For image analysis the part of the selected terminals in best focus was outlined automatically, and the mean fluorescence intensity of the pixels in the outline was calculated. The same outline was used to measure fluorescence after destaining. Fluorescence values were corrected by subtracting the mean fluorescence intensity of terminals that were stained passively (exposed to FM1-43 for 2.5 min without nerve stimulation). For preparations that were stained after stimulation, the duration of passive dye exposure was 10 min.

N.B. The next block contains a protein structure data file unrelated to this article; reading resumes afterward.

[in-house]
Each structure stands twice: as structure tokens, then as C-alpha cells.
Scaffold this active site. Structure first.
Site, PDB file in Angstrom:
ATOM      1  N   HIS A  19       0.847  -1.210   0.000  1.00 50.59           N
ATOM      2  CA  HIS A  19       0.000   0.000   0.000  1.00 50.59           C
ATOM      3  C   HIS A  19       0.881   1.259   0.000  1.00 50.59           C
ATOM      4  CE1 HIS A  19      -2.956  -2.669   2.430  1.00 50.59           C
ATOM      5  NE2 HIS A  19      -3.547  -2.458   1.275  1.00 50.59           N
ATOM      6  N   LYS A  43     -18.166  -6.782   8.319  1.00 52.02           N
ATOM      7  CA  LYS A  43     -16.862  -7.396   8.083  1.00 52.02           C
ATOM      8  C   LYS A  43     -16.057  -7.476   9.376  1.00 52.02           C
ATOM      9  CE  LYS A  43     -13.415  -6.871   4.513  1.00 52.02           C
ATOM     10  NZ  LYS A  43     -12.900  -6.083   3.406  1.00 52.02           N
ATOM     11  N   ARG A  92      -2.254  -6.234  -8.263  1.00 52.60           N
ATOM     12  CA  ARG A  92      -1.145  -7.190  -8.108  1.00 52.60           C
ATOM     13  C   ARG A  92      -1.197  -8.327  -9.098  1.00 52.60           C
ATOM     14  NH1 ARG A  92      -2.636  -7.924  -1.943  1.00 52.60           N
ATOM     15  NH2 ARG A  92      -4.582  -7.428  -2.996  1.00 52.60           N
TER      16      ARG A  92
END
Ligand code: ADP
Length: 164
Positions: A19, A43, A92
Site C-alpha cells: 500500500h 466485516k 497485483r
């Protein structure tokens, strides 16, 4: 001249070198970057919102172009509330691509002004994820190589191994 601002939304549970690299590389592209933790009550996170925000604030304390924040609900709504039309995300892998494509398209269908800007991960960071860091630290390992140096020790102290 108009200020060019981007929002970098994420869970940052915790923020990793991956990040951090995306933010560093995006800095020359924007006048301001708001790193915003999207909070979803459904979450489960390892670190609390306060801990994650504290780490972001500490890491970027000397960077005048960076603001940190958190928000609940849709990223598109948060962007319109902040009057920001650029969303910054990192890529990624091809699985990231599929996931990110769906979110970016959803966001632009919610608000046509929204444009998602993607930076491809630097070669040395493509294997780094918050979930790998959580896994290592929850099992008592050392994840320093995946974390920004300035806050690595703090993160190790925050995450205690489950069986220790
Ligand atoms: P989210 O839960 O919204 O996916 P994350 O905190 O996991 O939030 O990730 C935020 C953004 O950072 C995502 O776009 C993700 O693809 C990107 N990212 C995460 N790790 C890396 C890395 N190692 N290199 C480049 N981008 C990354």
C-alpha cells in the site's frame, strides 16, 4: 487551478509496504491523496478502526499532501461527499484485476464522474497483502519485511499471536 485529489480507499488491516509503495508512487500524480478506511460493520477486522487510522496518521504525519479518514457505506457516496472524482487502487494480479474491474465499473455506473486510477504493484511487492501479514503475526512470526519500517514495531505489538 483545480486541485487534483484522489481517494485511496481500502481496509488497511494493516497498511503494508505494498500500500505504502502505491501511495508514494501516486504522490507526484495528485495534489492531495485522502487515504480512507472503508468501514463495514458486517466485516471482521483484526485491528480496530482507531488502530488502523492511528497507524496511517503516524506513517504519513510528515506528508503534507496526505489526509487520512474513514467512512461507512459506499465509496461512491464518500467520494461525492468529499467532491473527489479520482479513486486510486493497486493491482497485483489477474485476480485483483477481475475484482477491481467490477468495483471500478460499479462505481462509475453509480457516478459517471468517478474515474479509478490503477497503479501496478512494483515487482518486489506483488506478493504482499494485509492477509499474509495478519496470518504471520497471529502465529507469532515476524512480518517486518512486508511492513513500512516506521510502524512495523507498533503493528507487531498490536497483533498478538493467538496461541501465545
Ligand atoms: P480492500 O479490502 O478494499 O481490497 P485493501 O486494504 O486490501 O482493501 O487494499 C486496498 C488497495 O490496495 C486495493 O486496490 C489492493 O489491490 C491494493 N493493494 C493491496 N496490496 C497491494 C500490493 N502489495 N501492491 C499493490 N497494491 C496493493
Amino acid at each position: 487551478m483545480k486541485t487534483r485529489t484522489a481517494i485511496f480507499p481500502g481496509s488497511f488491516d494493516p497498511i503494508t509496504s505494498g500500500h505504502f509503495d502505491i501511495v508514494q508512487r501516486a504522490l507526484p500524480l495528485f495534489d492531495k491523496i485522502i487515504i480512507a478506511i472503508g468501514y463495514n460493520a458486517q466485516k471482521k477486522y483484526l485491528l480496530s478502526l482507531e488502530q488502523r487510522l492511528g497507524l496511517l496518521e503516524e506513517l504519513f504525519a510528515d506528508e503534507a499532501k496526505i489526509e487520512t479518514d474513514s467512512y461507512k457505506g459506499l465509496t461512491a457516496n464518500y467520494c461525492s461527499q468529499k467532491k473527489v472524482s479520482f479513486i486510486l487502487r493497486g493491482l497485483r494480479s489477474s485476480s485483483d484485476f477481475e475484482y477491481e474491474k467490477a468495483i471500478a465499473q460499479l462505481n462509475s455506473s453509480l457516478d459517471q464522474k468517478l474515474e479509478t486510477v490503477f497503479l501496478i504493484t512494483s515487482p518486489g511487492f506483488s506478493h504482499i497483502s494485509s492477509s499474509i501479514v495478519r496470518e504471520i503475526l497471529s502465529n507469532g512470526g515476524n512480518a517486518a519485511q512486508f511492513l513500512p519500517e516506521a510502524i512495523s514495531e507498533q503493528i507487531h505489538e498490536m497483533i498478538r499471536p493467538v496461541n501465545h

For ultrastructural studies, eight muscles (four control and four pretreated with staurosporine) from four frogs were stimulated (2.5 min at 30 Hz) by the nerve. After a 20 min rest the preparations were fixed in ice-cold fixative solution (1.6% paraformaldehyde and 2.0% glutaraldehyde at 4°C) for 30 min. After washing with phosphate buffer (PB; 0.1 m), each muscle was cut into four pieces, postfixed in osmium (2% osmium in 0.1 m PB) at 4°C, and dehydrated through an ascending series of ethanol solutions. After dehydration the muscles were stained en bloc with uranyl acetate (4% uranyl acetate in 50% ethanol) and embedded in EPON. The blocks were sectioned, and gray-gold sections (80–90 nm) were collected and viewed with a Philips CM10 electron microscope. Only nerve terminals that contained typical active zones, identified by the openings of postsynaptic folds, were considered for analysis.